A system of roadside signage developed by the Pennsylvania Department of Highways just after the First World War, the iconic Keystone Markers could be found at the entrance to every Pennsylvania town, borough and city. Variations of the marker could be found at highway crossings of creeks, rivers, trails, borough lines, and other points of interest.
The Keystone Markers were products of the height of the “Good Roads" movement that opened highway travel to the masses. The Keystone Markers were the signature project of the Department, the second oldest of its kind in the nation and predecessor to today's PennDOT. The proliferation of the familiar blue-and-yellow, cast iron Keystone Markers popularized Pennsylvania's reputation as the "Keystone State".
While Pennsylvania once claimed thousands of Keystone Markers, approximately 600 remain. The loss of the Markers prompted Preservation Pennsylvania, the Commonwealth's statewide heritage preservation advocacy organization, to include the Keystone Markers among their most endangered resources in 2011. Keystone Markers associated with towns are the most common of the survivors. In each municipality where the markers were installed, at least two were put up, one on each end of town along the principal roadway. If a town was at the intersection of two such roadways, there were four signs installed, two on each road. Markers for towns indicated the name of the town, the reason why the town was given that name, and the date founded. Many town Keystone Markers indicated the distance to the next town in the upper part of the sign. Thus, each marker for a given town was unique.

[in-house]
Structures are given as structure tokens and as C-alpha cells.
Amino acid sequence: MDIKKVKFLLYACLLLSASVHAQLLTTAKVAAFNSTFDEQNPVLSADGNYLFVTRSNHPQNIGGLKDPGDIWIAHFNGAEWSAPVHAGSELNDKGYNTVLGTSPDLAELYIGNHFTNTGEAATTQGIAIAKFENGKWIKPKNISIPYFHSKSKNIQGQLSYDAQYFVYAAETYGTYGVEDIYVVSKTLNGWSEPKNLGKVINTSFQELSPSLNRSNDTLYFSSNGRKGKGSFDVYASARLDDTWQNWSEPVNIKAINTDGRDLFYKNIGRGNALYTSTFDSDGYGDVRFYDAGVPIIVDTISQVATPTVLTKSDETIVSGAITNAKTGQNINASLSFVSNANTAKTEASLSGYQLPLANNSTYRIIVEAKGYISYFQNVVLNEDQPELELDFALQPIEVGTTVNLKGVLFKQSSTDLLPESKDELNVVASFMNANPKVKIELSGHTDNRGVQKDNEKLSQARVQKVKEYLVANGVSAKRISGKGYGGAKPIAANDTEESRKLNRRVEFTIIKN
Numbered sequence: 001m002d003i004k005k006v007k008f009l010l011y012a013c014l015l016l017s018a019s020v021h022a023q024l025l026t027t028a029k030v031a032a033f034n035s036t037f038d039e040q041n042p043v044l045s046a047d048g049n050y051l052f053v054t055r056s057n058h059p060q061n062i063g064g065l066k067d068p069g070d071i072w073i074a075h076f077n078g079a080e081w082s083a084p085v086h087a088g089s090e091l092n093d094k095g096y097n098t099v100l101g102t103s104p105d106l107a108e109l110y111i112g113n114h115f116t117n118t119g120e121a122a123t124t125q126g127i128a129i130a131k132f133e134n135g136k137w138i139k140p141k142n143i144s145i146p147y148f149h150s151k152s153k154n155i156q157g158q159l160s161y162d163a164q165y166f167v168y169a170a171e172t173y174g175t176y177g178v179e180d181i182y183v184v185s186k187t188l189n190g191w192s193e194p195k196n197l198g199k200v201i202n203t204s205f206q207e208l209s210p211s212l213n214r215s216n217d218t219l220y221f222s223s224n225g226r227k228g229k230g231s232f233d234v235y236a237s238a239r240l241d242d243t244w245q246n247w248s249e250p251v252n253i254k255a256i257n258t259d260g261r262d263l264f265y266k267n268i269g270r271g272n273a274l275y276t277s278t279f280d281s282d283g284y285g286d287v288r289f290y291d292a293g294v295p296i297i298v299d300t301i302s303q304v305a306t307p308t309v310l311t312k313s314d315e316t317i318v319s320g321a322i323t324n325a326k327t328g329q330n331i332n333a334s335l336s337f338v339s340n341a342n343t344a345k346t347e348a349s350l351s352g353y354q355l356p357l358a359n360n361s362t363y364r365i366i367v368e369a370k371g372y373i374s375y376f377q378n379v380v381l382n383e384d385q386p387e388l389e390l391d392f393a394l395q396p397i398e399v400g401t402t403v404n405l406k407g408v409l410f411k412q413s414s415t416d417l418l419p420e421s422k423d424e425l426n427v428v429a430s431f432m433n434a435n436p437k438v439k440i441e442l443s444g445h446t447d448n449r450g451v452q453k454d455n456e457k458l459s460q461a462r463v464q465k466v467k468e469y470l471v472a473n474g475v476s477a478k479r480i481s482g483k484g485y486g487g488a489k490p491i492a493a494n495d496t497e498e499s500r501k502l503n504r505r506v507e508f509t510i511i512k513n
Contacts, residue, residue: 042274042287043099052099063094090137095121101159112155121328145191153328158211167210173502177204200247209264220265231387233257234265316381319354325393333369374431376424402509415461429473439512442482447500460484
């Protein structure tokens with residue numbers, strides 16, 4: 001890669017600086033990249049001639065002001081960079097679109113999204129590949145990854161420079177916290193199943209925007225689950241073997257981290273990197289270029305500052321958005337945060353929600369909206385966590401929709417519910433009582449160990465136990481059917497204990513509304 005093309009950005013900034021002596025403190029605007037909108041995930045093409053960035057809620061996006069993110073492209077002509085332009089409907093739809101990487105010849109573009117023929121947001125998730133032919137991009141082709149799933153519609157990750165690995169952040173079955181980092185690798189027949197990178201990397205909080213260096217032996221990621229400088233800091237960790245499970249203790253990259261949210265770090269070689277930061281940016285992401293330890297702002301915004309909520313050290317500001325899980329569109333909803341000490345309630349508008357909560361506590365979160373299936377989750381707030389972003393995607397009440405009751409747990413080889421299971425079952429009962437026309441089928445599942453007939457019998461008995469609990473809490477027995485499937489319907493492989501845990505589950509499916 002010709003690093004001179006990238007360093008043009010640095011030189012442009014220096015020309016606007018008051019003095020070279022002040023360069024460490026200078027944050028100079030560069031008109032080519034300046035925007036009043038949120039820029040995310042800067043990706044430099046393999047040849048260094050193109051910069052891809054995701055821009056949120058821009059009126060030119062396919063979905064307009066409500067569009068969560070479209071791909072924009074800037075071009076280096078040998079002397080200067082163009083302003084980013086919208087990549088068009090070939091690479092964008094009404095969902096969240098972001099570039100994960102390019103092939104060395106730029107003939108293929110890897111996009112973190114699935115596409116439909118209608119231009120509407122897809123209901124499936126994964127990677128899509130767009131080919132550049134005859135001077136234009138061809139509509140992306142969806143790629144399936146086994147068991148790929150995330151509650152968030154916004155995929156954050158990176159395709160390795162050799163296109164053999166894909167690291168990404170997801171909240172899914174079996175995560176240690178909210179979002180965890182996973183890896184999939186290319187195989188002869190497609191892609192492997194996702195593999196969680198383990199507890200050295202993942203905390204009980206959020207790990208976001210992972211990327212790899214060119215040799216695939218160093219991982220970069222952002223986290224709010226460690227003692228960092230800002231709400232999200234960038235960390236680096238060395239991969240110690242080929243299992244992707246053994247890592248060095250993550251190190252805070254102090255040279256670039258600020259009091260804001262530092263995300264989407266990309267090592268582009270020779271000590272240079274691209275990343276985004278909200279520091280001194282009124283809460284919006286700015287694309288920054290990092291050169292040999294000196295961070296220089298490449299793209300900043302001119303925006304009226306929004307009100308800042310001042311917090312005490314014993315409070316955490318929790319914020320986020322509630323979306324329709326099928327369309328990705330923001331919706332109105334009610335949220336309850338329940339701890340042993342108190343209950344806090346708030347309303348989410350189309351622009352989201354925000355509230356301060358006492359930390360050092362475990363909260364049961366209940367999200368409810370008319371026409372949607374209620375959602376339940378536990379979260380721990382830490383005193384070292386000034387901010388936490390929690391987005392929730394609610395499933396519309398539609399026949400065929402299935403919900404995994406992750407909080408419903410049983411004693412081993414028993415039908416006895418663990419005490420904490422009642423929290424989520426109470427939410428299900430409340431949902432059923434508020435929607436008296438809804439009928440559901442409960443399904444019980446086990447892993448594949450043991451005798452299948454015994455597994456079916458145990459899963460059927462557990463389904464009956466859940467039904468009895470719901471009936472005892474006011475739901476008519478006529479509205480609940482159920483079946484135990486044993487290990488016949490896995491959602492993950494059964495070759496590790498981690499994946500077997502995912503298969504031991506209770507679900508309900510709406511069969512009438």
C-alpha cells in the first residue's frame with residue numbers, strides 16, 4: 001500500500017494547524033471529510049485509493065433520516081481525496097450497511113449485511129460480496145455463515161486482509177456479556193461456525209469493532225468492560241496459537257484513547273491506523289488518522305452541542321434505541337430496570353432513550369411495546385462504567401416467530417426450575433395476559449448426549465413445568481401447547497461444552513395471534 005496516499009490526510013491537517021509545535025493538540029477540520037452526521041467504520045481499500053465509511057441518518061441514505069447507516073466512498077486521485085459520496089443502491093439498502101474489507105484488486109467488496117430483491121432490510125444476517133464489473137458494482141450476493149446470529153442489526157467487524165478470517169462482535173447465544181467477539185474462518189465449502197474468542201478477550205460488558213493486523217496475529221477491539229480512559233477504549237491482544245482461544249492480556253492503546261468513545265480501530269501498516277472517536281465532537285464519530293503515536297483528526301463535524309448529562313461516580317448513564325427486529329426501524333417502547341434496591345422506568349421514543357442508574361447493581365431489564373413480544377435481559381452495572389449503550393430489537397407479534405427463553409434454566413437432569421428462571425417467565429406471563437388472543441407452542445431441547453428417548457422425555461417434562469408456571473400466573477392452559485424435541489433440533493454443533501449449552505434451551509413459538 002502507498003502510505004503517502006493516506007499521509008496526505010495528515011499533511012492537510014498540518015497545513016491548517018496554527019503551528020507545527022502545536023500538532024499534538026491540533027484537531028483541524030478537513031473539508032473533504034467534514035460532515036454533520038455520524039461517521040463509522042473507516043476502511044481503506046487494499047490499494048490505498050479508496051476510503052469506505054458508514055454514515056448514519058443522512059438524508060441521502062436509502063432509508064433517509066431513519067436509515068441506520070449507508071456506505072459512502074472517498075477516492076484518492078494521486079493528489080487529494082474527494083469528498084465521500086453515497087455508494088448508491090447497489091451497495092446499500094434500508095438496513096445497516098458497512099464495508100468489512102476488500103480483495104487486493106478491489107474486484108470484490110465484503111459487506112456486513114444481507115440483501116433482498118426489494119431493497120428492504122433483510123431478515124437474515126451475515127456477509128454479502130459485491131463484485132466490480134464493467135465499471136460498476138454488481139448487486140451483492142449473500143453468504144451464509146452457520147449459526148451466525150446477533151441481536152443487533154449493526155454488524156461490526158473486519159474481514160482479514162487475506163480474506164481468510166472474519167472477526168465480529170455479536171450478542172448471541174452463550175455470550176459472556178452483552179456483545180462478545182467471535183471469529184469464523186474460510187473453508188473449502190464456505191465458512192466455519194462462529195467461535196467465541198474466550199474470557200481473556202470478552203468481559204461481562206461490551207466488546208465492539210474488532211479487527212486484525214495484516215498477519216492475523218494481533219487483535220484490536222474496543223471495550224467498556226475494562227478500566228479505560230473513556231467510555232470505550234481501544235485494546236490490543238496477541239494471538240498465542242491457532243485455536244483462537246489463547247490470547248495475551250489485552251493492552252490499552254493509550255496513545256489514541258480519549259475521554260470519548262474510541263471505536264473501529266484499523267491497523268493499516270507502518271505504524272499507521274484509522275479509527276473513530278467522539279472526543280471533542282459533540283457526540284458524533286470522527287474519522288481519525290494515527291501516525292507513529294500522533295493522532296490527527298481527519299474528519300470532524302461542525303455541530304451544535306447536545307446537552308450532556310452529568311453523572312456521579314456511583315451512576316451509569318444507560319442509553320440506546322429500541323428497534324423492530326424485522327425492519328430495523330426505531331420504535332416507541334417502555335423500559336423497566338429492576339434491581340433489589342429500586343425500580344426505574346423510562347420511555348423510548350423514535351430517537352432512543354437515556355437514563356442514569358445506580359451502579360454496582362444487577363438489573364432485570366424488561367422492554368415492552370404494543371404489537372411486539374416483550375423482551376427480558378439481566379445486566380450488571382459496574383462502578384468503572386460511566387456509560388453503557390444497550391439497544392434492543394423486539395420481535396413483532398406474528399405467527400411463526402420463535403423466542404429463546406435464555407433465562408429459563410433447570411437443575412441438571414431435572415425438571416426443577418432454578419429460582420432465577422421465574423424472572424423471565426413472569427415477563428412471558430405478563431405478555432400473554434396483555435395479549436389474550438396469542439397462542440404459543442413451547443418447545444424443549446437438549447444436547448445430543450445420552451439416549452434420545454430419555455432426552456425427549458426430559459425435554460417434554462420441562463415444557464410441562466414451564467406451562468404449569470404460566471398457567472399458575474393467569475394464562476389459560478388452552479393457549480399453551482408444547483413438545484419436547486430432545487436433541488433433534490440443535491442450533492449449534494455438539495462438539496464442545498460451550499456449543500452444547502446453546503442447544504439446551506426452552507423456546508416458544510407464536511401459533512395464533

There are three different varieties of Keystone Markers, each generally associated with a different kind of use.
- Front-mount, single-sided sign markers used for towns. These markers have signs that mount on the front of a specially-designed post.
- Top-mount, dual-sided sign markers used for streams/creeks/rivers. These have a two-sided sign and mount on top of a specially-designed post that differs from the town marker post.
- Keystone Variant Markers used for borough lines, trails, points of interest, directions, county and local roads, etc. They use the same post as the town markers but have a slightly differently-shaped sign.
Keystone Marker Trust
A non-profit advocacy organization called the Keystone Marker Trust is working with PennDOT and municipalities across the Commonwealth to restore existing Keystone Markers. Grant funding has enabled patterns to be created and the first replica Keystone Markers are slated to be installed in 2012. The co-founders of the trust are attorney and employee of the National Railway Historical Society Nathaniel Guest and historian Greg Prichard.
- Historically accurate
Pre-restoration Keystone Marker for Cleona, Pennsylvania (2003)
Post-restoration Keystone Marker for Cleona, Pennsylvania (2009)
- Damaged or historically inaccurate
Keystone Marker for Daggett, Pennsylvania inlaid in cement wall
An atypical color scheme for a Keystone Marker in North East, Pennsylvania.
A Keystone Marker in serious need of repair from Robesonia, Pennsylvania.
A Keystone Marker with historically inaccurate pole and tchotchke
A Keystone Marker improperly affixed to a flagpole
|Wikimedia Commons has media related to Keystone Markers.|
- Graham, John (June 2010). "A Welcoming Sign". Pennsylvania Borough News.
- Graham, John T (2010). "History in Cast Iron". Pennsylvania Recreation and Parks Magazine (Second Quarter 2010).
- Weaver, Stephanie (April 9, 2012). "Refurbished Signs Making Their Mark in Birdsboro". The Reading Eagle.
- Gustafson, Randy (March 17, 2012). "Historic Keystone Signs get new life". Times Observer.
- "Pennsylvania At-Risk". Preservation Pennsylvania 2011.
- Graham, Jack (March 26, 2011). "The Cast Iron Town Signs of Pennsylvania". Lancaster Farming.
- "Birdsboro the only municipality to have three types of Keystone Markers". The Reading Eagle. April 9, 2012.
- "Pennsylvania Keystone Markers ...Symbols of our Past and Bright Future" (PDF). TREDYFFRIN HISTORIC PRESERVATION TRUST. 2013. Retrieved October 2, 2013.